Since you live there I guess you knew that. When it gets hotter it could be a fun show if you guys went there.
Sikeston Drag Strip (389 Sandywood Road, Sikeston, MO).
One thing I’ve been wondering about for a while (since you mentioned it would have 51, and now 57 battery cells), but still haven’t seen you make mention of, is how you’re going to do the 50/50 balance-monitoring of your battery pack in Speedster Redux
Wont the odd number of cells make it rather rather difficult do so?
Why would that be Anthony? It will be 3.3v off. After an initial “eye” calibration, I should know where it is “supposed” to be.
But yes, if we could work in another cell, all would be well. As it is, we’ll still use it. It won’t be centered, but it will still be predictive.
I too wondered about the odd number cell imbalance but Lee Hart addresses this in his Batt Bridge circuit by changing resistor values.
The cover Matt is building to go over the six new cells would be a perfect place for an EVTV.me decal
I *think* the battery balance circuit Jack uses has an op-amp that drives a led bargraph display so the magnitude of imbalance can be shown.
The common point of the circuit is probably the center of the battery pack as well as the reverance voltage to the + input on the op-amp. The positive and and negative sides of the battery pack are then tied to the – input of the op-amp, each through a ~50Kish precision resistor. The – input of the op-amp is then called a summing junction. When the the voltage from either side of the pack is equal but oposite, the current at the summing junction is zero so there is no output. Any imbalance between the two sides of the battery pack causes a current at the summing junction which is countered by a feedback or gain resistor tied between the output of the op-amp and the summing junction.
Having an odd number of cells in the pack means that getting at half the pack voltage is difficult at best. To center the meter, a couple of things can be done. 1st, a resistor can be added to the side of the pack with the extra cell such that despite it being 3.4v greater than the other side, the current from both sides is the same, resulting in no current at the summing junction. 2nd, a third resistor can be added to the summing junction of the op-amp so as to zero the current at the summing junction. A ~20K pot between the power supply rails for the op-amp with an appropriate resistor from the wiper to the summing junction would allow the user to zero or center the bar graph despite the 3.4v (or more) difference. -Klaus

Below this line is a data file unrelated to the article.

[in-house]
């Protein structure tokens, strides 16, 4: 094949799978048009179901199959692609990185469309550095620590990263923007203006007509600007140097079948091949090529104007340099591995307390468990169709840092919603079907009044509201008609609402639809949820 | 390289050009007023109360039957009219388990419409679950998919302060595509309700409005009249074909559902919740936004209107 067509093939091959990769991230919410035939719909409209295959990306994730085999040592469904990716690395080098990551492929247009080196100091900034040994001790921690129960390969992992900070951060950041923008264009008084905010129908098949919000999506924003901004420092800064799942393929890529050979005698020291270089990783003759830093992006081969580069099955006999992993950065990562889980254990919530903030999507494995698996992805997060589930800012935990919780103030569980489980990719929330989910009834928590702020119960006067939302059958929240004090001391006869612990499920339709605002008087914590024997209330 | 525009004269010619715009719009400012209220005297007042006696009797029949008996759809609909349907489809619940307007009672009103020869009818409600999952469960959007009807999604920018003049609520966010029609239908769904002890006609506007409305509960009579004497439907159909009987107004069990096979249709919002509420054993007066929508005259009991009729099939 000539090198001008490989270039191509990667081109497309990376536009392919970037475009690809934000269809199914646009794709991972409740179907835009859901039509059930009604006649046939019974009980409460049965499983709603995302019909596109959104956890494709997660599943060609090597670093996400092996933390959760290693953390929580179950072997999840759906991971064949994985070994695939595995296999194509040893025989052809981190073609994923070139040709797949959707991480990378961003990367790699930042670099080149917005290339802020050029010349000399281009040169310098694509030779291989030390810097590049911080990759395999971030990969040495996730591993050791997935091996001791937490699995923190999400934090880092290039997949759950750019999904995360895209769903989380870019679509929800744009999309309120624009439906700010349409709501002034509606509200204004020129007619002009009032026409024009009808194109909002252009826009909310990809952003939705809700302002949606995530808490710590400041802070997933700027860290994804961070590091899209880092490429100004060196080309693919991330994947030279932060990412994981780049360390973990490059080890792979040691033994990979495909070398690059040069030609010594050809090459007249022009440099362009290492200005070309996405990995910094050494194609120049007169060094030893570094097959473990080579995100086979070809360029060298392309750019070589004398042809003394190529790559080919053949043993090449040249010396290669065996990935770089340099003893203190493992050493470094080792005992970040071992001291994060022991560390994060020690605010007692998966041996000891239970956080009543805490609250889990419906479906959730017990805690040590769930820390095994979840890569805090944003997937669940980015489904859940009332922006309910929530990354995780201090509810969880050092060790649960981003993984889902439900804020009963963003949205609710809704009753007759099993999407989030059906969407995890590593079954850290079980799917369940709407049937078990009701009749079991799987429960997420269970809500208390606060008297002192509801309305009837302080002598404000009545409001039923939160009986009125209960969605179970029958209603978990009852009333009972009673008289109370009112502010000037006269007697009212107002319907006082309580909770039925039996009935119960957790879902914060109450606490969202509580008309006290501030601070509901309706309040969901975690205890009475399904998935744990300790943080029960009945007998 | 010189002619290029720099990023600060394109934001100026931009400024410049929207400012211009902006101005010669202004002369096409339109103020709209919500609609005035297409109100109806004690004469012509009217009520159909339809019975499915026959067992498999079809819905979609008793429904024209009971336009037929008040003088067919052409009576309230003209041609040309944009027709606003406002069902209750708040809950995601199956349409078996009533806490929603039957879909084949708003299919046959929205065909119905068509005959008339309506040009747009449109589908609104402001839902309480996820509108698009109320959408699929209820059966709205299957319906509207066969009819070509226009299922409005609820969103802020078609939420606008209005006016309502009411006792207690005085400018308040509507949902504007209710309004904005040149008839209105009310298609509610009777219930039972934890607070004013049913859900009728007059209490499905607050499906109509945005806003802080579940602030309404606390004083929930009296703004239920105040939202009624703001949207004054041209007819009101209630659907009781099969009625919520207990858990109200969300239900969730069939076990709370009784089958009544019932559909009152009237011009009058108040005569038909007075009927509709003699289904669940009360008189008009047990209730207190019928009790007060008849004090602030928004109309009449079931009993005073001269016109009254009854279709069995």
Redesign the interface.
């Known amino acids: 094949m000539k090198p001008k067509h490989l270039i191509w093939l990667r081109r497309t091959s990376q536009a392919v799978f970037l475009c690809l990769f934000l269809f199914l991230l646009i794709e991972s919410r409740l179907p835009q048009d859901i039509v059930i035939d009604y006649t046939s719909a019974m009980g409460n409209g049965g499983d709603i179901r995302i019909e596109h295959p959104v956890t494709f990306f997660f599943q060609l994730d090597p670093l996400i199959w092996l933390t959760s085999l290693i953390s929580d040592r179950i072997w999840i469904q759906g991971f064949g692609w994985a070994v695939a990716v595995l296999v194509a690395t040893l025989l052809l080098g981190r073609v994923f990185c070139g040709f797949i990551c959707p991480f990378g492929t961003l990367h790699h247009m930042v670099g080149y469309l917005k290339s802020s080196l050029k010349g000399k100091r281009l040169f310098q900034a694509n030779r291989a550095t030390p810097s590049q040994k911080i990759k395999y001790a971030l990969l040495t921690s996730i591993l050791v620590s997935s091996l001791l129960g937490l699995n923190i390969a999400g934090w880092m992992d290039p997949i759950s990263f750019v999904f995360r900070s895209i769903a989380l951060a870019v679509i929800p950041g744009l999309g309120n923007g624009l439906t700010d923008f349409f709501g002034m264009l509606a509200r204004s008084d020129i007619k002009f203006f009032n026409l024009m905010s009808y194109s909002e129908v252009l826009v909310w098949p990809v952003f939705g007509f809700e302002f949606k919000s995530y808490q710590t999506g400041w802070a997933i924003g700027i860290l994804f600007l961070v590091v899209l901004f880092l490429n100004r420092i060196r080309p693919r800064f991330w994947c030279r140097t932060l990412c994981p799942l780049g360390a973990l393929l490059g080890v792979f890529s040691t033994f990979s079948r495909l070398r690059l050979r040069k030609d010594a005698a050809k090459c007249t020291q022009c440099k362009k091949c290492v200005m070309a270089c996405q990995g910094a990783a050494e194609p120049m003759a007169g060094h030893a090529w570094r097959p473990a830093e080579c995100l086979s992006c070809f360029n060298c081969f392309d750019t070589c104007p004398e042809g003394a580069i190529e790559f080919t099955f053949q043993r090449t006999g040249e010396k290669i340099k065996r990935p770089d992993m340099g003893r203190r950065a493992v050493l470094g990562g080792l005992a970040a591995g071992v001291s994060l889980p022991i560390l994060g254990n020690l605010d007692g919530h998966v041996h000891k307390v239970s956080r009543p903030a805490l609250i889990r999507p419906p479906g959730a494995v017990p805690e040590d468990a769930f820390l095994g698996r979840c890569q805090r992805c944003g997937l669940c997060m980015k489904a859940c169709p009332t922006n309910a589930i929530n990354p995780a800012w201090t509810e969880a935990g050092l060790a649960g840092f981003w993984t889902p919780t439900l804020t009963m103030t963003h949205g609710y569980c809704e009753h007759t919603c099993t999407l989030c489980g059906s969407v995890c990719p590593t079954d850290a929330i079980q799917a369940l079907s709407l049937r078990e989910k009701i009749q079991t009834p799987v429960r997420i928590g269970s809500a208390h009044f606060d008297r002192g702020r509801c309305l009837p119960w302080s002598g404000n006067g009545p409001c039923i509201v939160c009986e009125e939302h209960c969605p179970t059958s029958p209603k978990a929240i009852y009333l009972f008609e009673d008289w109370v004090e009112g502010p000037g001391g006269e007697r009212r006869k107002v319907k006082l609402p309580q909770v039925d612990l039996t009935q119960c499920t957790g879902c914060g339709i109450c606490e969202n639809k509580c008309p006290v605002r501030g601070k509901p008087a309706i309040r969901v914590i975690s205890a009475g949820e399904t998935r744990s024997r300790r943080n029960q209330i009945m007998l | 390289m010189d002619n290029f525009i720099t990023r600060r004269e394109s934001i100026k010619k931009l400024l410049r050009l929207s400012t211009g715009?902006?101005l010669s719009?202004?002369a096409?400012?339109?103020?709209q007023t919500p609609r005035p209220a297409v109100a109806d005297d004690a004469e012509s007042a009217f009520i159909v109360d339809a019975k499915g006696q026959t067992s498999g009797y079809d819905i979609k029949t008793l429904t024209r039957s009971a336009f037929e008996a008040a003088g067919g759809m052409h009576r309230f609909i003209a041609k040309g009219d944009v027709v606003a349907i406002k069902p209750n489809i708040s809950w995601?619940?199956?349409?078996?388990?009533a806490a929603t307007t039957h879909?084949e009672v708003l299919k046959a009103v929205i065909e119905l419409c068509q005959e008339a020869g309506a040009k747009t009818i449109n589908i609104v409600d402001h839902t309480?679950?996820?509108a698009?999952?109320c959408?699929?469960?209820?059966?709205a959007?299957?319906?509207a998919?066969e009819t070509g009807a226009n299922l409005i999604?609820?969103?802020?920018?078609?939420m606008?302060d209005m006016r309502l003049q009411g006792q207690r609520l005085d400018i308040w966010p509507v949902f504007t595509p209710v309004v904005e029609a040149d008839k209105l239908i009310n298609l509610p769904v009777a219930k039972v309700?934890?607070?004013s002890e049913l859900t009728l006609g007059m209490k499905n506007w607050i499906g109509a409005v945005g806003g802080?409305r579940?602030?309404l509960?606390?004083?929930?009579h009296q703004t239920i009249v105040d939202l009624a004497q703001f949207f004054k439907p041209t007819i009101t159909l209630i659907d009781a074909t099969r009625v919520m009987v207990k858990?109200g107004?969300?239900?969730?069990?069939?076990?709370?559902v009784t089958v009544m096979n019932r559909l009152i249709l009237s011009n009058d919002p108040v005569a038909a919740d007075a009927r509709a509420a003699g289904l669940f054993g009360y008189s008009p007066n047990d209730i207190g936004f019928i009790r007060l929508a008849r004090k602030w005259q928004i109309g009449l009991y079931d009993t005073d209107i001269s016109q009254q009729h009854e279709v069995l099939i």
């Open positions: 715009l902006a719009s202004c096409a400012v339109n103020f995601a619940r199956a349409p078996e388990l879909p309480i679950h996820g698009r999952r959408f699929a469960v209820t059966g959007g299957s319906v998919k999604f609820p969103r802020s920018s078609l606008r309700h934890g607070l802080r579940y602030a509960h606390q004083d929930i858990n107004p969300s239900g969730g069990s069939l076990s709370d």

How about a 3″ plasma ball back where the exhaust pipe use to exit.
JRP3: It is a nice simple circuit. But I would do three things before I would use it in my car or any other car for that matter:
1: Put a fuse on each of the wires from the traction battery – as close to the battery poles as I can get them.
2: Use three opto-couplers in order to have a galvanic barrier between the traction battery and the rest of the instrumentation.
3: Put a relay on the circuit so the circuit won’t draw any current when the ignition key is in the off position.
1. Use 30 awg wire.
3. 20ma is across the entire pack. It does not represent a parasitic load on any specific cell.
You’re overthinking this circuit. It’s beauty is it doesn’t do much. It just does exactly what you need.
1: I do not like a wire acting as a fuse – in many cases it might burn down the car…
2: In order not to have lethal voltages running around in the car – better safe than sorry. 300VDC can give a nasty surprise.
3: It is still 20mA – I do not like the parasitic load and it does not cost me a lot to get rid of it.
I do agree I might be overdoing it, but where I come from, we do not like to put the customer or the customers equipment at risk.
I also like fully insulated chargers – remember?